Clean removal with the SILO BUCKET
Due to its closed design, the shear bucket is perfectly suited for fine-grained forage such as maize silage or brewer’s grains. Thanks to the innovative, smooth but stable design of the device, unwanted air ingress during silo removal is prevented – with very low pressure and a smooth operation, the shear bucket from MAMMUT is guaranteed to convince all those who attach great importance to cleanliness and silage quality.
- Best feed quality: No secondary fermentation on the bunker silo and no associated faulty fermentation.
- Clean operation: Crumble losses are ideally avoided thanks to the closed bucket bottom – this saves additional clean-up work after feeding and keeps the bunker silo clean.
- Smooth cutting: Fast and smooth cutting action thanks to optimum cutting radius and welded cutting edge. This puts little strain on the equipment.
- Low resistance: The smooth bucket bottom makes it particularly easy to push the bucket into the silo. All reinforcements are located inside the bottom and the basket.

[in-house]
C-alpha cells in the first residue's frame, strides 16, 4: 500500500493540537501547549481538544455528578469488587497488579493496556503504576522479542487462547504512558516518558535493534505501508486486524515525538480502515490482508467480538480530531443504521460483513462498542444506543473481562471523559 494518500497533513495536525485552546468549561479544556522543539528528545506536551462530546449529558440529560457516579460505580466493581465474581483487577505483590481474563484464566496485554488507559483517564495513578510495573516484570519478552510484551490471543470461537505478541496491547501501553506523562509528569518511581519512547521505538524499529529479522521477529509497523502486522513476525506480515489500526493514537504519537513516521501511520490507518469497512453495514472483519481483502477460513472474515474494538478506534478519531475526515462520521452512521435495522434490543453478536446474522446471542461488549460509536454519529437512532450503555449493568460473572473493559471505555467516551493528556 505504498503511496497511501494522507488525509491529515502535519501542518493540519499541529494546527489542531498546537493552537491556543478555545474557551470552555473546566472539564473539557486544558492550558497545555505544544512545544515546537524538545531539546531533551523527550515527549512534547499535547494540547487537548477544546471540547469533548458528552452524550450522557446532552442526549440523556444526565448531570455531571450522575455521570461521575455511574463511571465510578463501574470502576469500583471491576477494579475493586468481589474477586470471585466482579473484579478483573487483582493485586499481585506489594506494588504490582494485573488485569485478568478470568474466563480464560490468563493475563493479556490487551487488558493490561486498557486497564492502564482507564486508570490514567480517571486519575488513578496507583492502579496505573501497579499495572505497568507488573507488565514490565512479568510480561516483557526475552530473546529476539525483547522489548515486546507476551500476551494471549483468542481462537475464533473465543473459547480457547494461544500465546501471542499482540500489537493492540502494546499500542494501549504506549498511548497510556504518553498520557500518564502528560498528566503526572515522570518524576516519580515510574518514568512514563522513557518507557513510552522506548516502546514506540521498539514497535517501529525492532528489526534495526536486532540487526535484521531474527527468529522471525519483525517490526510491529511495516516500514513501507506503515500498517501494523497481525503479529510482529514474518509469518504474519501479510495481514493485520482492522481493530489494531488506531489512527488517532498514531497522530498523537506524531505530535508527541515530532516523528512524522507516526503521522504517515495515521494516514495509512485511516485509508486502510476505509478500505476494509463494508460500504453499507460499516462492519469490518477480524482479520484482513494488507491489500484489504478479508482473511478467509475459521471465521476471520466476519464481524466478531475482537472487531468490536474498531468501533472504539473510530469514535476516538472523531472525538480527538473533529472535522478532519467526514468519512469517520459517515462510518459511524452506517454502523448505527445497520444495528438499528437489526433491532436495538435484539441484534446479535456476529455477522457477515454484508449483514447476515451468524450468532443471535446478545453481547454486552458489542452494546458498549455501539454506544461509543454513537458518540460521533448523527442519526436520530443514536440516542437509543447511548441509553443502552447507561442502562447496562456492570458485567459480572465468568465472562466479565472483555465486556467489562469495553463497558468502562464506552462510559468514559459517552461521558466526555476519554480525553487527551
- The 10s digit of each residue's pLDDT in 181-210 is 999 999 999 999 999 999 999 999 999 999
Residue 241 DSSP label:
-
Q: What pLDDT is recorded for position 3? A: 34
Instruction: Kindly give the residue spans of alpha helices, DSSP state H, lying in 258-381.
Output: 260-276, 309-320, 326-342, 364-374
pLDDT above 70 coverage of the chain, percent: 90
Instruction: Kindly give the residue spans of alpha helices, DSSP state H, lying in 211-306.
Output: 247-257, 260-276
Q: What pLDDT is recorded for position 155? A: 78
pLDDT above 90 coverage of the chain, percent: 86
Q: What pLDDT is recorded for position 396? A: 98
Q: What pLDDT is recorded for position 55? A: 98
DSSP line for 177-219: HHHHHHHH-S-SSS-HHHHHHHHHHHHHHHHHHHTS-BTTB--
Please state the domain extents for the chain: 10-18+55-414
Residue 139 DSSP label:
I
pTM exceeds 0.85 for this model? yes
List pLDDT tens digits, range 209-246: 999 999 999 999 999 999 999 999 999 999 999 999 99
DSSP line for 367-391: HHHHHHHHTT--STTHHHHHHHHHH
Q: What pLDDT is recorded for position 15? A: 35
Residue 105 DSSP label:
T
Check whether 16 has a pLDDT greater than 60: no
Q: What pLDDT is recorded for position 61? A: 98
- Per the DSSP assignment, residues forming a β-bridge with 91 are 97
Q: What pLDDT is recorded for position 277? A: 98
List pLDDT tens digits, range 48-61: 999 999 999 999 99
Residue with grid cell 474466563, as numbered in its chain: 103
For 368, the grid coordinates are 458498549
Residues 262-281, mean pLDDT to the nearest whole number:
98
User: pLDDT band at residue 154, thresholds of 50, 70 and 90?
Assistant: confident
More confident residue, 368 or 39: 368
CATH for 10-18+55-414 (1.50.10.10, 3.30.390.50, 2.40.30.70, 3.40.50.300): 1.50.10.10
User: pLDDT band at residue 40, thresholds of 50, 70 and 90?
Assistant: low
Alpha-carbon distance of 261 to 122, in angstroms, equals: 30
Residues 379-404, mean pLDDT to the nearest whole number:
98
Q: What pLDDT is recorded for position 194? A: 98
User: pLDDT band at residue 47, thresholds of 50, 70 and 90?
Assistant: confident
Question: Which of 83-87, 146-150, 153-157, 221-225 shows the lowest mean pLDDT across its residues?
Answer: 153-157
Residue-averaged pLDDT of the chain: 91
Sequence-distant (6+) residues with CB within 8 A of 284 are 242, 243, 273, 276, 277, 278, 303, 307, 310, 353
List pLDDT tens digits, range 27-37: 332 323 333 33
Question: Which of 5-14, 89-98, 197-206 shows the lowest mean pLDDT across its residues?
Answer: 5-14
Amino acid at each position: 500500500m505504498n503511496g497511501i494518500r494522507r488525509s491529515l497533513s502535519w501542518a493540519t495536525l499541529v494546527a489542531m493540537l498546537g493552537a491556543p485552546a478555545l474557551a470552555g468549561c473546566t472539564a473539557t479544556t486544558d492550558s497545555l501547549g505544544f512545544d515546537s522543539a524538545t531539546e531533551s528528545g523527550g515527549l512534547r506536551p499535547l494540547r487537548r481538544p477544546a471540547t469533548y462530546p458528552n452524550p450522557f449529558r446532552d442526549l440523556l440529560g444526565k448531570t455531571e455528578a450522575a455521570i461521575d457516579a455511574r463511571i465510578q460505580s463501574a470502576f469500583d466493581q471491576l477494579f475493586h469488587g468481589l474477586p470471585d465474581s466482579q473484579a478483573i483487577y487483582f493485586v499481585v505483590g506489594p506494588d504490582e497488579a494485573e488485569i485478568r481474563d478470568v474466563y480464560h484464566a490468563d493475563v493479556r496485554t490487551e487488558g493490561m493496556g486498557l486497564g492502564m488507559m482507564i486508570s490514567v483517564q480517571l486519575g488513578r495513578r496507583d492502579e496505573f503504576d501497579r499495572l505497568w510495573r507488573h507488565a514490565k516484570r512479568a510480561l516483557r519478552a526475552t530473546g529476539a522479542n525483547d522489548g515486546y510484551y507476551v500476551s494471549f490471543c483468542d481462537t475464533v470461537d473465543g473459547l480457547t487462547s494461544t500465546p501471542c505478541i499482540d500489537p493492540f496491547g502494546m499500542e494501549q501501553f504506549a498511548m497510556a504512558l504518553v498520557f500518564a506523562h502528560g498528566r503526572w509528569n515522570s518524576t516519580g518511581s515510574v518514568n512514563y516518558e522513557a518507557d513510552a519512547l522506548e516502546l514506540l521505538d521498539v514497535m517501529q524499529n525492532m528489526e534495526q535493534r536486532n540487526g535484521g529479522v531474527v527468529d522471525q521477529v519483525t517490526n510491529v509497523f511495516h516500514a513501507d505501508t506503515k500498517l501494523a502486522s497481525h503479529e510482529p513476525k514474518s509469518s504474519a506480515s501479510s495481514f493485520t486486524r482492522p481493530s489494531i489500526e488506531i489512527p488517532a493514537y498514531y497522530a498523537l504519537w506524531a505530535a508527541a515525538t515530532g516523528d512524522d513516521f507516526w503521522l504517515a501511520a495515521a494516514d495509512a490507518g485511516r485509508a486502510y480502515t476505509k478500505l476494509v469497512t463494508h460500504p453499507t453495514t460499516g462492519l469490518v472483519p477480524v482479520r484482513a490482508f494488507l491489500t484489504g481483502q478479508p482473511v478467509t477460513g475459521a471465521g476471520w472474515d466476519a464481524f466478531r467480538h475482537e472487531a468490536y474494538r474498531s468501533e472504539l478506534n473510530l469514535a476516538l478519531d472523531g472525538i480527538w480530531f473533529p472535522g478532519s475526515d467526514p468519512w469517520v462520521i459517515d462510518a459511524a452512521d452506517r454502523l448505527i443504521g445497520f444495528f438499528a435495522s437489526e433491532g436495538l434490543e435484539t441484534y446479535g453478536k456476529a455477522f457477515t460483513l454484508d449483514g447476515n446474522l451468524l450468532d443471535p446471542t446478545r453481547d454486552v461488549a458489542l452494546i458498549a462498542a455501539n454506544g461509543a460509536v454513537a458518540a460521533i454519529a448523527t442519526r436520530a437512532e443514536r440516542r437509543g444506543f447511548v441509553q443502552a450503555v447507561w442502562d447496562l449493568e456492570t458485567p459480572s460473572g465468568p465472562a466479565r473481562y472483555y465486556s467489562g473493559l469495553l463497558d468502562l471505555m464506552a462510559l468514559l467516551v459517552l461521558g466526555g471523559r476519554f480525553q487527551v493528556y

- Long service life: A large main bearing and replaceable Hardox elements on the bottom protect the shear bucket from wear and ensure that the machine retains its value. The support frame is also completely powder-coated.
Only good forage brings high performance
It is not only the price explosions for concentrated feed that are causing a higher value of the basic feed – in general, there are more attempts again to keep the added value on one’s own farm as resource-optimised as possible. High milk yields with suitable quality standards can therefore only be achieved if the entire feed chain is taken into account and constantly improved. Many individual steps are required, from ensiling, compaction, removal and mixing to the refreshment of the feed in the barn. MAMMUT’s silage and feeding technology supports you in this process and thus increases your economic success in harmony with increased animal welfare thanks to the best forage quality and tasty feed.
Shear bucket in the TOP AGRAR test
In edition 02 / 2022, the agricultural magazine “Top Agrar Österreich” took a closer look at the MAMMUT silage cutting bucket in a practical test. The device achieved first-class results, which are impressive. You can download the complete report here.
More about silage extraction technology from MAMMUT